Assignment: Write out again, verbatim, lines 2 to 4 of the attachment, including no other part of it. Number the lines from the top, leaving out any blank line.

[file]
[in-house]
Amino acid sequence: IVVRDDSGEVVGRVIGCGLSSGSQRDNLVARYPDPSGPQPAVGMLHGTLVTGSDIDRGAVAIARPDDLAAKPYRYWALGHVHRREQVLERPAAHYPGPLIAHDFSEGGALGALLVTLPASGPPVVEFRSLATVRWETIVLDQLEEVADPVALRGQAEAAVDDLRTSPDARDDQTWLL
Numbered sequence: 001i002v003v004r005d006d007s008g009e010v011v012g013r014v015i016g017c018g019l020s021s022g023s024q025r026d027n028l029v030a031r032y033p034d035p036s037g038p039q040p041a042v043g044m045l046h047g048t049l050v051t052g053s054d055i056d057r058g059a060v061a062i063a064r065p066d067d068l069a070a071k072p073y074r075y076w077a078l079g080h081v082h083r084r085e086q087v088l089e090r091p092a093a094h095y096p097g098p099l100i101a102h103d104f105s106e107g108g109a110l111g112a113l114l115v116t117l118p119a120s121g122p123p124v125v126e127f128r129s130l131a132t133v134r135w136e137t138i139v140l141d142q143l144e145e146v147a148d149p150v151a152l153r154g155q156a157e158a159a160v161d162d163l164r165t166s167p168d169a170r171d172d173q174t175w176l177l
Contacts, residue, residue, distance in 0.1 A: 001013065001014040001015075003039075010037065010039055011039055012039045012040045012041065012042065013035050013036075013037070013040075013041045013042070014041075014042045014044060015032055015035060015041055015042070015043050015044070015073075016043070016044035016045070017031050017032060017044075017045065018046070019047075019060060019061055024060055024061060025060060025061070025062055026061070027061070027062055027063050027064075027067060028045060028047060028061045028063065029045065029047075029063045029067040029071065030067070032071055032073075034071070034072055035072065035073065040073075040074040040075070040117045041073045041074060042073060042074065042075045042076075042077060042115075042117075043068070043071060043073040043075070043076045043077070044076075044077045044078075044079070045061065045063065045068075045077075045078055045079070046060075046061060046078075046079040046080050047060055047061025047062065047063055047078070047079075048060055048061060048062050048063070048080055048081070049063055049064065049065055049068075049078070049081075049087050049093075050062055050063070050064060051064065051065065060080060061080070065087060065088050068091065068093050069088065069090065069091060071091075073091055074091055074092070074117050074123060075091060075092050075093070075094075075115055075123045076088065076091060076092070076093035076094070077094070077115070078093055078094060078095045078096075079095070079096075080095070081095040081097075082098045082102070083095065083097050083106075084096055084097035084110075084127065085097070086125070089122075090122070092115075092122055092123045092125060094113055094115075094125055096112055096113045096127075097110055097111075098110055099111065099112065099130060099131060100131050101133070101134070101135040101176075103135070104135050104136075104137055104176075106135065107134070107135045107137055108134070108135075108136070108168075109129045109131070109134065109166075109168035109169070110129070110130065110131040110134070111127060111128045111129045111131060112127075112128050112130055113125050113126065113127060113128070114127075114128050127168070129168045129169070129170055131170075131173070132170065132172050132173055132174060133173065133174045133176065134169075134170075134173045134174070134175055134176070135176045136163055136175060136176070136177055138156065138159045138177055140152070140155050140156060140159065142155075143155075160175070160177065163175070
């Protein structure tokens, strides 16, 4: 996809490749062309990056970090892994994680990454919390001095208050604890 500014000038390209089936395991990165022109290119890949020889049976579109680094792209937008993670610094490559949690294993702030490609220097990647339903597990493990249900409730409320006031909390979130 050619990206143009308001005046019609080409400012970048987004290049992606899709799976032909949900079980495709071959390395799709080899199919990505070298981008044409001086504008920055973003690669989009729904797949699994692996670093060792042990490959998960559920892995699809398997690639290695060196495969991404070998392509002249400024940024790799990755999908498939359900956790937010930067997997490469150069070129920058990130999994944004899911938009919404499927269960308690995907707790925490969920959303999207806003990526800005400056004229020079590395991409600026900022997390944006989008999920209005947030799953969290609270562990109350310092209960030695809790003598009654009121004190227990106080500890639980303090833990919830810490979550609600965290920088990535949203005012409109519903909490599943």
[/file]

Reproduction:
Amino acid sequence: IVVRDDSGEVVGRVIGCGLSSGSQRDNLVARYPDPSGPQPAVGMLHGTLVTGSDIDRGAVAIARPDDLAAKPYRYWALGHVHRREQVLERPAAHYPGPLIAHDFSEGGALGALLVTLPASGPPVVEFRSLATVRWETIVLDQLEEVADPVALRGQAEAAVDDLRTSPDARDDQTWLL
Numbered sequence: 001i002v003v004r005d006d007s008g009e010v011v012g013r014v015i016g017c018g019l020s021s022g023s024q025r026d027n028l029v030a031r032y033p034d035p036s037g038p039q040p041a042v043g044m045l046h047g048t049l050v051t052g053s054d055i056d057r058g059a060v061a062i063a064r065p066d067d068l069a070a071k072p073y074r075y076w077a078l079g080h081v082h083r084r085e086q087v088l089e090r091p092a093a094h095y096p097g098p099l100i101a102h103d104f105s106e107g108g109a110l111g112a113l114l115v116t117l118p119a120s121g122p123p124v125v126e127f128r129s130l131a132t133v134r135w136e137t138i139v140l141d142q143l144e145e146v147a148d149p150v151a152l153r154g155q156a157e158a159a160v161d162d163l164r165t166s167p168d169a170r171d172d173q174t175w176l177l
Contacts, residue, residue, distance in 0.1 A: 001013065001014040001015075003039075010037065010039055011039055012039045012040045012041065012042065013035050013036075013037070013040075013041045013042070014041075014042045014044060015032055015035060015041055015042070015043050015044070015073075016043070016044035016045070017031050017032060017044075017045065018046070019047075019060060019061055024060055024061060025060060025061070025062055026061070027061070027062055027063050027064075027067060028045060028047060028061045028063065029045065029047075029063045029067040029071065030067070032071055032073075034071070034072055035072065035073065040073075040074040040075070040117045041073045041074060042073060042074065042075045042076075042077060042115075042117075043068070043071060043073040043075070043076045043077070044076075044077045044078075044079070045061065045063065045068075045077075045078055045079070046060075046061060046078075046079040046080050047060055047061025047062065047063055047078070047079075048060055048061060048062050048063070048080055048081070049063055049064065049065055049068075049078070049081075049087050049093075050062055050063070050064060051064065051065065060080060061080070065087060065088050068091065068093050069088065069090065069091060071091075073091055074091055074092070074117050074123060075091060075092050075093070075094075075115055075123045076088065076091060076092070076093035076094070077094070077115070078093055078094060078095045078096075079095070079096075080095070081095040081097075082098045082102070083095065083097050083106075084096055084097035084110075084127065085097070086125070089122075090122070092115075092122055092123045092125060094113055094115075094125055096112055096113045096127075097110055097111075098110055099111065099112065099130060099131060100131050101133070101134070101135040101176075103135070104135050104136075104137055104176075106135065107134070107135045107137055108134070108135075108136070108168075109129045109131070109134065109166075109168035109169070110129070110130065110131040110134070111127060111128045111129045111131060112127075112128050112130055113125050113126065113127060113128070114127075114128050127168070129168045129169070129170055131170075131173070132170065132172050132173055132174060133173065133174045133176065134169075134170075134173045134174070134175055134176070135176045136163055136175060136176070136177055138156065138159045138177055140152070140155050140156060140159065142155075143155075160175070160177065163175070